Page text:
Provides: High fidelity wireless audio from your computer, iPod audio/charging
Developer: Digital Signature, Inc.
Minimum Requirements: USB port for wireless streaming from computer, Dock compatible iPod for direct connection/charging, headphone/line-out for connection of other audio devices
Retail Price: $179.99
Availability: Out now
Reviewing speaker systems is a bit tricky for me for two reasons. First, I know little about the science of sound. Numbers and fancy symbols and awkward abbreviations mean as much to me now as they did when I wasn’t paying attention in junior high science class. I’ll display all those numbers and abbreviations later in this review, but it’s up to you to decipher them.
Second, although I can tell you whether something sounds good and why, I can’t tell you how good it sounds compared to the competition. At the electronics stores, I can sample four or five systems next to each other, determine what I like best, and make my purchase. Here, I’ve just got one unit standing alone, doing its thing, and I have to judge it on that alone.
I can tell you, though, that the Mint 220 wireless speaker system, does its thing very, very well.
This bookshelf system from Digital Signature, Inc. measures about 12″ long, 7″ deep and 4.3″ high. The gloss black finish looks great sitting amongst your books, CDs or DVDs on a bookshelf, but I was quite happy with it resting on my computer desk, as well. The two 3.5″ full-range speakers frame an iPod dock that accommodates most Dock compatible iPods, and charges them when they’re hooked up. The benefit here, obviously, is that you can play your iPod directly through the speakers, bypassing the need for a computer.
With this set-up, the included remote gives you some ability to control the iPod. You can pause, play, stop, fast forward and rewind, but you can’t cycle through your music. This isn’t a problem if you’re on your own near the system, but if the Mint 220 is supplying the music for a party or other such event, you’ll want to have your playlist set up ahead of time.
The press kit that came with my review unit stated that specific iPod adapters are available for the Mint 220’s universal iPod dock, but there were none in nor mentioned on the box, and there’s nothing about them on the website. Perhaps they mean that Apple’s adapters fit, but I didn’t have any around to test this theory. Without them, the Dock connector is the only support for your iPod, so be careful. On the plus side, the Mint 220’s dock was wide enough that I could connect my iPod classic without having to first remove it from the case.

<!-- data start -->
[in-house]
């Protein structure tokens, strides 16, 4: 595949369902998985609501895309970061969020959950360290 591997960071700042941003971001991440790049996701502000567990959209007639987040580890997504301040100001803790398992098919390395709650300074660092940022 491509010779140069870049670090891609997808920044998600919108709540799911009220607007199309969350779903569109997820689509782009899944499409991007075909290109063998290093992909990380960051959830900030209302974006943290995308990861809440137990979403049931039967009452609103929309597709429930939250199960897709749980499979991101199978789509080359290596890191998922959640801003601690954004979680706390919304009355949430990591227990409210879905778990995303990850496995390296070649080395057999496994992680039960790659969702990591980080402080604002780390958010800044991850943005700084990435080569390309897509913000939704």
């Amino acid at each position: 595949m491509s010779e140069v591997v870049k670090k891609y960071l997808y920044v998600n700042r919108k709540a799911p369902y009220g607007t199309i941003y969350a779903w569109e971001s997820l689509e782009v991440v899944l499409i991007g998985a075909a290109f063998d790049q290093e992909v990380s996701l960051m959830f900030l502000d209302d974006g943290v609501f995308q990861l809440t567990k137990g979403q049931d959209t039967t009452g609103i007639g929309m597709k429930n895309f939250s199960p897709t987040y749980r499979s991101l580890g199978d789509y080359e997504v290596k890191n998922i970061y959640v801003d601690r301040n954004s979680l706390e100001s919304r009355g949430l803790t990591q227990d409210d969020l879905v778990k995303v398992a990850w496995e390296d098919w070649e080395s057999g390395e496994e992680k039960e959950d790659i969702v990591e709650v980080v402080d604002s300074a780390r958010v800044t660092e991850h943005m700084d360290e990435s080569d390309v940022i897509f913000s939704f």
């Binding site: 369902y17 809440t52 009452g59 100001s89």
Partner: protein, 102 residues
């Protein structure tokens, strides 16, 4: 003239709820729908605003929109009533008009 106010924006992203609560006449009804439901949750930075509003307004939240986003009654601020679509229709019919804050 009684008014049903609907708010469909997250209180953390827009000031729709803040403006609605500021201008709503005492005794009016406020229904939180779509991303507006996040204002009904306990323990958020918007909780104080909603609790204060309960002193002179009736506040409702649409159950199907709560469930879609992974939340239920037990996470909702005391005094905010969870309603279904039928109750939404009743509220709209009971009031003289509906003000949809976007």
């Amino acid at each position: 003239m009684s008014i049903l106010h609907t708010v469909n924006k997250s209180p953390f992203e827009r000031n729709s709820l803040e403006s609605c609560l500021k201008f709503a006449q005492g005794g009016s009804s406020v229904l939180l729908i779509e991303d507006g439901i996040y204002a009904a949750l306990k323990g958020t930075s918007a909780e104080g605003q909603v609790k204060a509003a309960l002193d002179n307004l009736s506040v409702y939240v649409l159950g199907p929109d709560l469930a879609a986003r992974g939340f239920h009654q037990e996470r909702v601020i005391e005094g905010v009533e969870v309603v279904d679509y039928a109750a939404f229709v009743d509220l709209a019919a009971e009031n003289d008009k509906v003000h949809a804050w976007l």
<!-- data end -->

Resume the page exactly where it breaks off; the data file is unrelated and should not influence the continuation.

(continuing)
Even with the iPod connected, you can use the remote to cycle through the speaker system’s three inputs: iPod, line in and wireless. If you’re near the system and don’t want to bother with the remote, there’s an input button next to the power button on the left of the dock (volume buttons are on the right).
Using the line in option, you can connect any device with a line out or headphone jack. This is great for iPods that aren’t Dock compatible, but I actually tested it with my Nintendo DS. Man. What a difference that makes beyond the DS’s built-in speakers. Impressed by this, I ran an 1/8″ patch chord from my iPod’s headphone jack to the Mint 220 to play the iPod games, and was surprised by the sound there, too. It’s maybe not practical if you have your speaker system sitting anywhere other than on a coffee table or computer desk, but it does show off the Mint 220’s capabilities to handle bass-heavy gaming audio.
This can also be illustrated when using the wireless connection. To stream any audio from your Mac to the Mint 220 is a simple matter of plugging the included USB Transmitter into a USB port, opening Sound in your System Preferences, and selecting Mint Wireless USB Audio in the Output tab. You’ll have to switch this back if you want to go back to your Mac’s speakers or headphones, but that’s no big deal. The wireless USB unit has a range of 45 feet (I didn’t test this beyond about 20) and an operating frequency of 2.4 GHz unlicensed ISM band.
Now, how does all of this sound? Full. When I first set it up at the office and started to turn it up, we were all pretty impressed with how well the sound filled up the room. It’s a little heavy on the high end, but the included EQ (turned on and off via the remote, and not adjustable) helped. Plus, the sound seemed to get better the louder we turned it up. This makes the system perfect for placement in large rooms where you’ll have plenty of activity, but not so practical for office settings. This is fine, though, because you wouldn’t want to use the Mint 220 for computer audio; the speakers aren’t detachable, after all, so they’d both have to rest to the right or left of your monitor, keeping the audio off center. Best to set it up away from the listener, allowing the audio to just fill up the room.
Now, I promised audio specifications. Here you go:
- 2 channel class-D high efficiency amplifier
- Total 30W RMS at 8 ohm
- Digital equalization
- Two 3.5″ full range speakers
- Frequency range: 60 Hz – 26 KHz
Overall, I’m quite pleased with the Mint 220 Digital Speaker System. It gets great sound at higher volumes, and the ability to both stream audio wirelessly from your computer and to completely bypass the computer when playing from your iPod is great. I think the price is a bit high (I’d like to see the unit sell for around $149), but you can get the same unit minus the wireless capabilities for only $119.99 with the Mint 200. Are there better sounding speaker systems out there? Maybe, but when you jack up the volume of the Mint 220 at your next house party, neither you nor your guests will be thinking about them.